The Agony Of Democratic Victory For Concern Trolls
by Chris Bowers, Mon Jun 11, 2007 at 10:16:08 AM EDT
The Democratic Party is in the midst of a severe electoral crisis. Right now, we only control the US House, the US Senate, the majority of Governorships, the majority of state legislatures, and we lead in only seven out of the eight top-tier matchups in the 2008 general election. Our future prospects look equally dim, as those leads in the 2008 general election are only coming from trendlines showing us down by double digits. Further, we hold slender, barely double-digit lead in generic congressional ballots, and we have to defend fully twelve of the thirty-three Senate seats up for re-election in 2008. (That's nearly 40%!) Also, Democrats only hold a net 25-30% edge on Republicans in the favorable / unfavorable ratio, and have only increased their partisan self-identification advantage by a rate of only three points a year for the last five years. While we now hold a fundraising advantage on Republicans for the first time in decades, we, um, uh... ok, I'll just stop there.Now that we have started winning elections, so it has become more difficult for certain Democratic consultants to play concern troll and make arguments that Democrats must cater to your consultant specialty in order to
If you want a perfect example of how this "intolerance" is helping the Democrats lose national elections, check out the responses to Joe Klein's post on Paris and Libby.Did someone freeze Mudcat in carbonite in mid-2006, and only thaw him out last week? There is more, too, as the entire post is actually filled with insane quotes like this. For example, I have to wonder exactly how defending Joe Klein fits in with attacking what Mudcat calls:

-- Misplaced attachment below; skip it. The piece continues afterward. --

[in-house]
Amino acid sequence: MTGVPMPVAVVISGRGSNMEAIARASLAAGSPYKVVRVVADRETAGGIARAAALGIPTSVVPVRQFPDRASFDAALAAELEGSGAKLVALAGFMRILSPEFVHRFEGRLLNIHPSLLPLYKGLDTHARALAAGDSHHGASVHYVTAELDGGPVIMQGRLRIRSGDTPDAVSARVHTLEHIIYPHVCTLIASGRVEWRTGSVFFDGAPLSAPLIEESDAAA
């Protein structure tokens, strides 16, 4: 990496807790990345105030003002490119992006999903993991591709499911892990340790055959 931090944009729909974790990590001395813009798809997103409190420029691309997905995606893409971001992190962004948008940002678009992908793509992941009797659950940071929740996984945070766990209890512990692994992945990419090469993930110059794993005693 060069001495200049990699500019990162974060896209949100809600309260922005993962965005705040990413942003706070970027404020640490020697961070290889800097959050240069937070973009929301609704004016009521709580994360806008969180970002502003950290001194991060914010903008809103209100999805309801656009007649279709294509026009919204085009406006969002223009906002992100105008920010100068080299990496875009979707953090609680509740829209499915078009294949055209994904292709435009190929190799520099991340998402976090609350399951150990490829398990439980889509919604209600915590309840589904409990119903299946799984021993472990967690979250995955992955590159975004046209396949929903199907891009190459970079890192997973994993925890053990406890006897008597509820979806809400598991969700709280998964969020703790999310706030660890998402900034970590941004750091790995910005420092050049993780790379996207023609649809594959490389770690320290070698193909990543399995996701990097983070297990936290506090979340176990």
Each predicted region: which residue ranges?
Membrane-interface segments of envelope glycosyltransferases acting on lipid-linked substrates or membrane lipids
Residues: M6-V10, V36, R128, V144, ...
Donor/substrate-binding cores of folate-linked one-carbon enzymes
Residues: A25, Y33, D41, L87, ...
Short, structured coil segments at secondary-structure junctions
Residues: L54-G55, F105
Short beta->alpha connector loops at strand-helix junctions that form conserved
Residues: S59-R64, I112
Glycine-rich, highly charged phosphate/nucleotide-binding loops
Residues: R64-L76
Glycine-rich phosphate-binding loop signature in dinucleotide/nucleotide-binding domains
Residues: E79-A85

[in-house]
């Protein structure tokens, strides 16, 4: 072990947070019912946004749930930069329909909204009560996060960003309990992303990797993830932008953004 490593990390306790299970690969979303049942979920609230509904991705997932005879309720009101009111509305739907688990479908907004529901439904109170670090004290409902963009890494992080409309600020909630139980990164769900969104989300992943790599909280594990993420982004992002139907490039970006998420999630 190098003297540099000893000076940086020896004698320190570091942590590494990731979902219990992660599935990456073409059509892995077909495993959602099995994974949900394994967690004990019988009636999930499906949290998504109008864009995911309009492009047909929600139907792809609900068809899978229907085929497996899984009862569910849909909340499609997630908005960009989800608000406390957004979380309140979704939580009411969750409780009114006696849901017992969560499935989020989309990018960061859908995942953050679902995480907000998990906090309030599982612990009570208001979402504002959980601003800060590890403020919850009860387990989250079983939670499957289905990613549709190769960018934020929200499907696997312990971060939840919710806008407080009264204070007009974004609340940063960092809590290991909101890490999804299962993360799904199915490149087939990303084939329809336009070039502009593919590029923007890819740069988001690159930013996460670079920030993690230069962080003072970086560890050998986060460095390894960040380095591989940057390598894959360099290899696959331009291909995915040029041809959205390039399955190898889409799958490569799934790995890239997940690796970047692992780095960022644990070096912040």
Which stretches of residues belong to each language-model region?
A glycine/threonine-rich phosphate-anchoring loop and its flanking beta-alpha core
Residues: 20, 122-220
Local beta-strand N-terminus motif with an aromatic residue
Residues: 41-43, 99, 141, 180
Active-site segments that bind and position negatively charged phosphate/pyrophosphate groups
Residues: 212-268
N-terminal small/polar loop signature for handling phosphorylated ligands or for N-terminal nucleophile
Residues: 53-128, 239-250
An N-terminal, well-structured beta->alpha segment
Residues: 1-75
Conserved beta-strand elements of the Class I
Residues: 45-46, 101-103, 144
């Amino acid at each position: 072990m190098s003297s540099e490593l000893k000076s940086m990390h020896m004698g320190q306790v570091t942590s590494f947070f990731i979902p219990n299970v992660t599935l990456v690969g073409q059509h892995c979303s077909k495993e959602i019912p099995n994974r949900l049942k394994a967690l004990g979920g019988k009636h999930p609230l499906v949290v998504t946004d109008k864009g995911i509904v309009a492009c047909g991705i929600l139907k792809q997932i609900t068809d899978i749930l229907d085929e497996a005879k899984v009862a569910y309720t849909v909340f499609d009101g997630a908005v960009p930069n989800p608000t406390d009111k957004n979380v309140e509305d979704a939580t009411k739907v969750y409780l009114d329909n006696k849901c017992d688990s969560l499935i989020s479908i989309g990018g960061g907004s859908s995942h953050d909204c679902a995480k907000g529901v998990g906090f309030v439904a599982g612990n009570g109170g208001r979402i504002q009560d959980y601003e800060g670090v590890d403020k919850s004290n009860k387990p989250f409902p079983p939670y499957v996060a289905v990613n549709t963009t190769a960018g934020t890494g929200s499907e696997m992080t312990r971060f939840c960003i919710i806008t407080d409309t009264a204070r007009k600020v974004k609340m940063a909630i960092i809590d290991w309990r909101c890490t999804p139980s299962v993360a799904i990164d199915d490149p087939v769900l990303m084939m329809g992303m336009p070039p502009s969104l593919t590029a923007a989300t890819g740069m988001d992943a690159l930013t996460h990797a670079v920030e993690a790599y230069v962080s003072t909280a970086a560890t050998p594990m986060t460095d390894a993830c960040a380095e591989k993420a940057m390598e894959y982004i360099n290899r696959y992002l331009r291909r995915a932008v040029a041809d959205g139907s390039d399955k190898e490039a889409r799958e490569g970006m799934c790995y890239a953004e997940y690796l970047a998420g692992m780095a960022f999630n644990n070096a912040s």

the elitist wing of the Democratic Party, or what I refer to as the "Metropolitan Opera Wing". These are the people who talk of tolerance but the only true tolerance they ever exhibit is for their own pseudo-intellectual arrogance.Ummm... ok. I guess a northeastern, beltway pundit like Klein somehow avoids this distinction himself. Then there is this gem on the need for open an honest dialogue:
So to those bloggers who believe in a straight-forward dialogue and exchange of ideas, God bless you and thank you. Together, you're coming up with a lot of good stuff, and frankly, much of it has been helpful to me. At the same time, those Democratic bloggers, who have appointed themselves as intellectually superior and believe the only way to win an argument is to shot the loudest with personal attacks, you can go to Hell.I see that by telling an anonymous and unidentified group of people to "go to Hell," Mudcat is facilitating a straight-forward exchange of ideas already. His hypocrisy is a bit odd, considering that earlier in his piece he decried the hypocrisy of the blogosphere:
To be clear, I have no problem with incivility. After all, I'm in the political business. However, as a pilgrim in the blogosphere, I thought blogging was for exchange of ideas, not personal attacks.Maybe it is just because I am an irony-loving Gen X type, but there is so much of this type of bizarre, self-contradictory language in Mudcat's post that I think it should be considered a work of true paranoid genius. Start an exchange of ideas by telling people to go to hell. Attack the metropolitan, pseudo-intellectual wing of the Democratic Party by defending Joe Klein. Dismiss John Edwards's biggest area of activist support in the name of rural southern whites. Decry intolerance by stating "I don't care what the "Metropolitan Wing" of my party thinks." Call others pseudo-intellectual without ever sourcing a single stereotype you use. Say you have no problem with incivility in politics, and then lash out against the political blogosphere for being incivil. Claim others are being hypocritical while doing everything I already listed here. Somehow, manage to do all of this in 600 words while maintaining a straight face.
Remarkable stuff. I haven't seen a Democratic consultant be more open with their paranoia concerning, prejudices toward, and general ignorance of, the political blogosphere in some time. This is a post for the ages.